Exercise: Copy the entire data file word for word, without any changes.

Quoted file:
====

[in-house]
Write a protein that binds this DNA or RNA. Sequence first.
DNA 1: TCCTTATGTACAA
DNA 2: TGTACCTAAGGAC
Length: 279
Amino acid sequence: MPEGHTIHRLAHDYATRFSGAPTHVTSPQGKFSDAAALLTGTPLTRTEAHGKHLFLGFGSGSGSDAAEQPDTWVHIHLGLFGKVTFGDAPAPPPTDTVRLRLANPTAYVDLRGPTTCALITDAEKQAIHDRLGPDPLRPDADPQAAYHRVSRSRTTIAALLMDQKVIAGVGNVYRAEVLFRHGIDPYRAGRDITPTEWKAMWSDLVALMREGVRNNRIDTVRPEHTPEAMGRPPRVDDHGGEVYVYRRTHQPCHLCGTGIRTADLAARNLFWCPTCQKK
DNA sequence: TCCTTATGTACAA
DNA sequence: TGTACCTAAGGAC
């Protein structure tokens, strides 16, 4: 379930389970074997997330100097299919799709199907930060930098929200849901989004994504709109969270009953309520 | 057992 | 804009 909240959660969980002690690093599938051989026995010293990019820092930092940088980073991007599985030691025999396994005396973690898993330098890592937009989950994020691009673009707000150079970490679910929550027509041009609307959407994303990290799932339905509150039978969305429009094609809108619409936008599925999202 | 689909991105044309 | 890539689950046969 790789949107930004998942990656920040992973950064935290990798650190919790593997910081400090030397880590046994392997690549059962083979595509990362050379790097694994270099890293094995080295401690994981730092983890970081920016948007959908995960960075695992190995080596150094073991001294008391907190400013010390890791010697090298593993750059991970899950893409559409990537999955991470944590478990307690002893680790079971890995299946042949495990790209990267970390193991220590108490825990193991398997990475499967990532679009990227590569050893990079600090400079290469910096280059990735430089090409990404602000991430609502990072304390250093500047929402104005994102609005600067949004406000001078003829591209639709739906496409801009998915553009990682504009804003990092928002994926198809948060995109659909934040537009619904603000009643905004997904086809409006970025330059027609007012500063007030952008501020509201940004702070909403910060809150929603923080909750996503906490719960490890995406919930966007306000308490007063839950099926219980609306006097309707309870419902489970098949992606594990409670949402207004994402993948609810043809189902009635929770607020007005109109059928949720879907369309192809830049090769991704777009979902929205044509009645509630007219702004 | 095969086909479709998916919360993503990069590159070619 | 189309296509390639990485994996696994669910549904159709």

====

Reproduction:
[in-house]
Write a protein that binds this DNA or RNA. Sequence first.
DNA 1: TCCTTATGTACAA
DNA 2: TGTACCTAAGGAC
Length: 279
Amino acid sequence: MPEGHTIHRLAHDYATRFSGAPTHVTSPQGKFSDAAALLTGTPLTRTEAHGKHLFLGFGSGSGSDAAEQPDTWVHIHLGLFGKVTFGDAPAPPPTDTVRLRLANPTAYVDLRGPTTCALITDAEKQAIHDRLGPDPLRPDADPQAAYHRVSRSRTTIAALLMDQKVIAGVGNVYRAEVLFRHGIDPYRAGRDITPTEWKAMWSDLVALMREGVRNNRIDTVRPEHTPEAMGRPPRVDDHGGEVYVYRRTHQPCHLCGTGIRTADLAARNLFWCPTCQKK
DNA sequence: TCCTTATGTACAA
DNA sequence: TGTACCTAAGGAC
């Protein structure tokens, strides 16, 4: 379930389970074997997330100097299919799709199907930060930098929200849901989004994504709109969270009953309520 | 057992 | 804009 909240959660969980002690690093599938051989026995010293990019820092930092940088980073991007599985030691025999396994005396973690898993330098890592937009989950994020691009673009707000150079970490679910929550027509041009609307959407994303990290799932339905509150039978969305429009094609809108619409936008599925999202 | 689909991105044309 | 890539689950046969 790789949107930004998942990656920040992973950064935290990798650190919790593997910081400090030397880590046994392997690549059962083979595509990362050379790097694994270099890293094995080295401690994981730092983890970081920016948007959908995960960075695992190995080596150094073991001294008391907190400013010390890791010697090298593993750059991970899950893409559409990537999955991470944590478990307690002893680790079971890995299946042949495990790209990267970390193991220590108490825990193991398997990475499967990532679009990227590569050893990079600090400079290469910096280059990735430089090409990404602000991430609502990072304390250093500047929402104005994102609005600067949004406000001078003829591209639709739906496409801009998915553009990682504009804003990092928002994926198809948060995109659909934040537009619904603000009643905004997904086809409006970025330059027609007012500063007030952008501020509201940004702070909403910060809150929603923080909750996503906490719960490890995406919930966007306000308490007063839950099926219980609306006097309707309870419902489970098949992606594990409670949402207004994402993948609810043809189902009635929770607020007005109109059928949720879907369309192809830049090769991704777009979902929205044509009645509630007219702004 | 095969086909479709998916919360993503990069590159070619 | 189309296509390639990485994996696994669910549904159709």